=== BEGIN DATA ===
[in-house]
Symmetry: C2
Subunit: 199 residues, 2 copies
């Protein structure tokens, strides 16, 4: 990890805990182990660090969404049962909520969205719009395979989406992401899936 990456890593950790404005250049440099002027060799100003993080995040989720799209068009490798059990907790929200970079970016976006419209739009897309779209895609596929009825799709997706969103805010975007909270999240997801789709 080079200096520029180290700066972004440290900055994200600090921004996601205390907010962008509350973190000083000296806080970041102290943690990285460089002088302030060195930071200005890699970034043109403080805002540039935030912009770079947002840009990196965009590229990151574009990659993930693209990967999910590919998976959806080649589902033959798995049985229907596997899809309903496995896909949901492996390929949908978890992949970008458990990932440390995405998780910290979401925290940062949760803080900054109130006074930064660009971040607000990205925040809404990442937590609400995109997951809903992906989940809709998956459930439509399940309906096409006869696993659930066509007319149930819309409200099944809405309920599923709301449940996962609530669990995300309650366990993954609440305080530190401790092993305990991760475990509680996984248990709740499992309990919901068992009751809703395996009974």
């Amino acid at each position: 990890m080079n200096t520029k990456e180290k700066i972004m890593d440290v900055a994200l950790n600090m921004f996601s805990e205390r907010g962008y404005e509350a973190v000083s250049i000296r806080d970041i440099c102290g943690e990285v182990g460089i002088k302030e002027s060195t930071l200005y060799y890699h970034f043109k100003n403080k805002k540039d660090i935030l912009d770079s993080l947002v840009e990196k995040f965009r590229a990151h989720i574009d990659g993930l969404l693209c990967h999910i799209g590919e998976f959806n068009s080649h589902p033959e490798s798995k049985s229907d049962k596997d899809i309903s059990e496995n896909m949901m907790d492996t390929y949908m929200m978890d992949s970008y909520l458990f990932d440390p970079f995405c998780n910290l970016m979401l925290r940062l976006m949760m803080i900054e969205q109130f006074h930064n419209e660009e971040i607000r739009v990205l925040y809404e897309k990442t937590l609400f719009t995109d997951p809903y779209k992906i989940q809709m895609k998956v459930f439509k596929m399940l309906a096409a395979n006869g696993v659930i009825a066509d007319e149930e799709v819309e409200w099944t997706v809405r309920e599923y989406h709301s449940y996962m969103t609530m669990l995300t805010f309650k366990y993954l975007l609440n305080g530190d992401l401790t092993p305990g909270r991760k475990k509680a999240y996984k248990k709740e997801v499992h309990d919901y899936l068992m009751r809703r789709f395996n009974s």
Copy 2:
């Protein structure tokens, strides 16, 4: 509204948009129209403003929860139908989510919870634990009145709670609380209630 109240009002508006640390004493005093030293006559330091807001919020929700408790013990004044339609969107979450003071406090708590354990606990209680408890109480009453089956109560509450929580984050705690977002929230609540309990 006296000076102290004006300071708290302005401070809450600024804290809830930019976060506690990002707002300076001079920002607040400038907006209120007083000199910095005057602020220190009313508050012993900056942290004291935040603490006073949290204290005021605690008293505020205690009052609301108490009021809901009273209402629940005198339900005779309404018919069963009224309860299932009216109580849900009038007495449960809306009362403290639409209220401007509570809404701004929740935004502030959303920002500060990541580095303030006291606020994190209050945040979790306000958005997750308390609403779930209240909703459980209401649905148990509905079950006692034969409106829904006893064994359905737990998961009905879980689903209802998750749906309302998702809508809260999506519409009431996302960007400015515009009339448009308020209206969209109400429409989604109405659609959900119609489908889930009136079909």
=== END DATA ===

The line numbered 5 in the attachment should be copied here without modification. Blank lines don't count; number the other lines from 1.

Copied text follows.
């Amino acid at each position: 990890m080079n200096t520029k990456e180290k700066i972004m890593d440290v900055a994200l950790n600090m921004f996601s805990e205390r907010g962008y404005e509350a973190v000083s250049i000296r806080d970041i440099c102290g943690e990285v182990g460089i002088k302030e002027s060195t930071l200005y060799y890699h970034f043109k100003n403080k805002k540039d660090i935030l912009d770079s993080l947002v840009e990196k995040f965009r590229a990151h989720i574009d990659g993930l969404l693209c990967h999910i799209g590919e998976f959806n068009s080649h589902p033959e490798s798995k049985s229907d049962k596997d899809i309903s059990e496995n896909m949901m907790d492996t390929y949908m929200m978890d992949s970008y909520l458990f990932d440390p970079f995405c998780n910290l970016m979401l925290r940062l976006m949760m803080i900054e969205q109130f006074h930064n419209e660009e971040i607000r739009v990205l925040y809404e897309k990442t937590l609400f719009t995109d997951p809903y779209k992906i989940q809709m895609k998956v459930f439509k596929m399940l309906a096409a395979n006869g696993v659930i009825a066509d007319e149930e799709v819309e409200w099944t997706v809405r309920e599923y989406h709301s449940y996962m969103t609530m669990l995300t805010f309650k366990y993954l975007l609440n305080g530190d992401l401790t092993p305990g909270r991760k475990k509680a999240y996984k248990k709740e997801v499992h309990d919901y899936l068992m009751r809703r789709f395996n009974s």